His answer included this declaration:

"What we were talking about was sustained, targeted and personal abuse that was directed specifically at individuals and resulted in cases of self-harm as we saw with Charlotte Dawson, who is obviously a very famous example but there are plenty of other people less famous who get upset by it and get affected by it, and plenty of other people who, without resorting to self-harm or things that extreme, get upset and emotionally, you know, tortured or manipulated by it, and no one should be put through that."

Throughout the program Brockie persisted with her direct questions to one and all, until she produced the Daily Telegraph’s infamous front page, featuring Peter Slipper, whose image had been doctored to resemble a menacing rodent, complete with tail and other rat-like features.

Brockie reminded the audience that the photograph was typical of a number of front page stories the newspaper had been running on Slipper and she asked Hildebrand how that was different from trolling.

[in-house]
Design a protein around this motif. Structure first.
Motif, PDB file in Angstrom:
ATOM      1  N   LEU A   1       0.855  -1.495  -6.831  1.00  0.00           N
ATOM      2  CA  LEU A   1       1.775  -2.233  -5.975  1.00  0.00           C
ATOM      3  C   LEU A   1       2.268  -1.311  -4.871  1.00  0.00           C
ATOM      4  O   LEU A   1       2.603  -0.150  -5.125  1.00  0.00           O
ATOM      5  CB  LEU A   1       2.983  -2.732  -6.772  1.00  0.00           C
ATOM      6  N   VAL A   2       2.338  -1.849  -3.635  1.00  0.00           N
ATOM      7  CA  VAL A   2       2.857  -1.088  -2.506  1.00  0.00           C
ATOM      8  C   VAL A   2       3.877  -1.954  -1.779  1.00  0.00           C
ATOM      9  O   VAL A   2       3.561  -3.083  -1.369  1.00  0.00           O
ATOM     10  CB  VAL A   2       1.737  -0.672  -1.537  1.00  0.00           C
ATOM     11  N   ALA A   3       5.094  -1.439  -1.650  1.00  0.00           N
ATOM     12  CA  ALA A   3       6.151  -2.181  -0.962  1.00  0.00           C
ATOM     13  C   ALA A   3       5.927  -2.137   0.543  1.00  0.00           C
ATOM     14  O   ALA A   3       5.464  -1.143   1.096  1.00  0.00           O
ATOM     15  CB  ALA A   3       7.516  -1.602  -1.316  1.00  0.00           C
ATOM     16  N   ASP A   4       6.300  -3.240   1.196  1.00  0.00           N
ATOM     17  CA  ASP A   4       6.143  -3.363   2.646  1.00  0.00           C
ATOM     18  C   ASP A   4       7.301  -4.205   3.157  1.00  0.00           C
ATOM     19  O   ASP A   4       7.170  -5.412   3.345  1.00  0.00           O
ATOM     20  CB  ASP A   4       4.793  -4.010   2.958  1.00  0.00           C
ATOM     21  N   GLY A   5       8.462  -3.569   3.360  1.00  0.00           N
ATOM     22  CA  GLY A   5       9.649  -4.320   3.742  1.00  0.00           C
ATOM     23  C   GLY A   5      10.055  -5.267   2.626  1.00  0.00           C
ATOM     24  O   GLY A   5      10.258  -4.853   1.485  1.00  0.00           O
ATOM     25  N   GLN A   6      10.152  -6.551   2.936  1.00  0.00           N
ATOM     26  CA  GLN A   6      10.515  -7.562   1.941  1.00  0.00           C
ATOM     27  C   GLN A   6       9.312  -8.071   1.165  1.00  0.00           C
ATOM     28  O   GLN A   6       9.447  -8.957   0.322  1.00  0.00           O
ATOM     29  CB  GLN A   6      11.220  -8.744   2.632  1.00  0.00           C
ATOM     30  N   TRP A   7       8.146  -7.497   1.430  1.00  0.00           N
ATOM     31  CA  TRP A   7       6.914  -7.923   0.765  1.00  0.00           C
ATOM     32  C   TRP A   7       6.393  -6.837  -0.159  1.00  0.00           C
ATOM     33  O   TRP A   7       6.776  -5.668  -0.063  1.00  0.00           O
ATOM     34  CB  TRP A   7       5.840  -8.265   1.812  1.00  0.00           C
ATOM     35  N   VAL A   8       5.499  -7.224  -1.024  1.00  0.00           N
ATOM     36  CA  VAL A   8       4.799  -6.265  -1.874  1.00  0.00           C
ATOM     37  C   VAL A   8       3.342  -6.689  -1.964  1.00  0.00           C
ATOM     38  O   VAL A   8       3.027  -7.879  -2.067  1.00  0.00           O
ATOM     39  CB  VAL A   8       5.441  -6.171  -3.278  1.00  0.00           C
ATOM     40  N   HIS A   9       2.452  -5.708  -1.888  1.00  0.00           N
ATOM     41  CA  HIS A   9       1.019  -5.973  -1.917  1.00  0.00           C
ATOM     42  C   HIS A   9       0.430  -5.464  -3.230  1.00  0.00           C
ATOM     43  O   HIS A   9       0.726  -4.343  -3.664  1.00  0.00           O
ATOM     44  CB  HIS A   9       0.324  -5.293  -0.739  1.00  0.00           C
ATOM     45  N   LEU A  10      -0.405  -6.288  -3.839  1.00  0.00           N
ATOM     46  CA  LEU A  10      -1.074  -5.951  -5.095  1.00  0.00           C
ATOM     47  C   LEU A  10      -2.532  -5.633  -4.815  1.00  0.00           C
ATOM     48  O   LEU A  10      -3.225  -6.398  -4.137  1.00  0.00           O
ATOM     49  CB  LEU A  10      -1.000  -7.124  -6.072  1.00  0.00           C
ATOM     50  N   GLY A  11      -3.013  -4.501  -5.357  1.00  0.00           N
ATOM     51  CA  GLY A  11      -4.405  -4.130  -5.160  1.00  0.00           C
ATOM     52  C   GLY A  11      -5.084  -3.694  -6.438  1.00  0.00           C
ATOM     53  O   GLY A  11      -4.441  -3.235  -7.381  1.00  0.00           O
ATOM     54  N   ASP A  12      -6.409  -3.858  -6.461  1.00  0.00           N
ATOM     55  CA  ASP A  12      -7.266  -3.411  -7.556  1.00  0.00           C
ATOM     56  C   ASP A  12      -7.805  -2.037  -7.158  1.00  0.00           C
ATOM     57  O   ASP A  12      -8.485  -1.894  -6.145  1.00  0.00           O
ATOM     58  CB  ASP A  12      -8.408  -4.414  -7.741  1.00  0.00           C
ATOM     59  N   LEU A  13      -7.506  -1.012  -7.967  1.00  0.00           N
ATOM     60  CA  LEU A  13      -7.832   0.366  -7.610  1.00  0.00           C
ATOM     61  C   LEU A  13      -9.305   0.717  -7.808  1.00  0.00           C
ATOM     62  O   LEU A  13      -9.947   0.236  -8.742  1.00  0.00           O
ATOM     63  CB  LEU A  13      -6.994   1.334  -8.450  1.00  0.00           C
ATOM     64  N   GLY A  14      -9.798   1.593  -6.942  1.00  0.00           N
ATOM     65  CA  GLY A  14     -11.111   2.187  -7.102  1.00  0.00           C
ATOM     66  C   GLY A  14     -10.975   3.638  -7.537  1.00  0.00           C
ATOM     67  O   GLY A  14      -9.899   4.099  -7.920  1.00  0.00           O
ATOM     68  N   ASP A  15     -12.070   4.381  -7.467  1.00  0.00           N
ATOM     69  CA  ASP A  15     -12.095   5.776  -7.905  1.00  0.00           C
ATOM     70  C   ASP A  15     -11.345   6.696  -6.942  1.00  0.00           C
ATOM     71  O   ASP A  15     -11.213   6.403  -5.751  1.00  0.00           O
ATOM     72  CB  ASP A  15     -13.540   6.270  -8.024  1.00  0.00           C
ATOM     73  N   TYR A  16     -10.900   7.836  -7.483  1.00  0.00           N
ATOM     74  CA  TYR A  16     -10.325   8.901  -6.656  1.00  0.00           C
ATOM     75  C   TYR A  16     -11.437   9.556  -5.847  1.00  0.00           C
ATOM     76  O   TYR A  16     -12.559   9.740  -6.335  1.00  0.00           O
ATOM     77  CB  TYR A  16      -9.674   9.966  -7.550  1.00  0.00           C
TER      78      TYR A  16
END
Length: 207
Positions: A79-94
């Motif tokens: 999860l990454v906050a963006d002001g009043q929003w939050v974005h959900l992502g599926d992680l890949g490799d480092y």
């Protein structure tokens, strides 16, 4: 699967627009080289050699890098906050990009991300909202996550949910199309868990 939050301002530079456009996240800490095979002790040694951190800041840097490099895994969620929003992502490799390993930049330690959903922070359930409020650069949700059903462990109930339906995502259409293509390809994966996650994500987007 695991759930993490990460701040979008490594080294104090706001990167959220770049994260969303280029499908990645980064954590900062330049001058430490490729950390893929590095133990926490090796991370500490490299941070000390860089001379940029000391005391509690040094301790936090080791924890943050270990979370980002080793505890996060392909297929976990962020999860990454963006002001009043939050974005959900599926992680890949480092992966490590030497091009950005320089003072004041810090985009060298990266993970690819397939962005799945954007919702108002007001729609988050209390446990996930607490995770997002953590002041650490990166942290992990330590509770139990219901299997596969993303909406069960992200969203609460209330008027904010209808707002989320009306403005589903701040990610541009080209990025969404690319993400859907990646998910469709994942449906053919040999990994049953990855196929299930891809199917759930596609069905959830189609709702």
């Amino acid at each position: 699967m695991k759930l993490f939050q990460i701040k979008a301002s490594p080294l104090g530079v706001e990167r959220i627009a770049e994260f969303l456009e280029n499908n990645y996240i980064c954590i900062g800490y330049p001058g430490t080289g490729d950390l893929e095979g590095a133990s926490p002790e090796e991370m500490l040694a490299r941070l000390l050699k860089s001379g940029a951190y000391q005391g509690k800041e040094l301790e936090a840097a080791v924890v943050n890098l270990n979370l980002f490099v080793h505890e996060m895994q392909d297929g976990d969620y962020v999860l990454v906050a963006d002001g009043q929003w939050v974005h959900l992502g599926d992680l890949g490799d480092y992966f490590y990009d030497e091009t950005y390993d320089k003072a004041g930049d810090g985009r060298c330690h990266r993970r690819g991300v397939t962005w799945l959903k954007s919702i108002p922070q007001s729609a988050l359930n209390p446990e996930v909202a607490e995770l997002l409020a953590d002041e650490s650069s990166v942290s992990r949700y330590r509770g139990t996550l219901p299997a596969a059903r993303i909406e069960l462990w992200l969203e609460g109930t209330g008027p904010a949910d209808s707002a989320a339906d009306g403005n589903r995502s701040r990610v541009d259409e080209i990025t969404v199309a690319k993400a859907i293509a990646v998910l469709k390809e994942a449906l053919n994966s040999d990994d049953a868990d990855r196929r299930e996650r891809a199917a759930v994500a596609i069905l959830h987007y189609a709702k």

Surprisingly, the question seemed to catch him off guard. The genial friend of the troll victim disappeared, and he delivered a tortuous, long-winded explanation that included the idea of the rat as a term for people who betray their political party.

His answer (edited for clarity) was:

"What we were talking about is personal sustained abuse at strangers from anonymity. If people have a problem with that front page … they can make a complaint, there’s correspondence back and forth. People are accountable for that, the editor is accountable for that newspaper when I represent it. And we have that argument and we have it in a public debate."

At the time the Insight program went to air Peter Slipper had been accused by an employee of sexual harassment and other sundry offences, some of which were later withdrawn. A number of Slipper’s parliamentary colleagues expressed concern about his state of health, though there was no report of him being put on suicide watch. The case at the time had not come before the courts.

Yet in the court of public opinion, stories that kept appearing prominently in the Daily Telegraph, the Herald Sun and other publications ensured that Slipper was held up to public ridicule. They also invited reader condemnation for alleged offences that had not been heard by a court. His accusers were unknown editors and anonymous artists, the latter acting presumably under instruction from the former.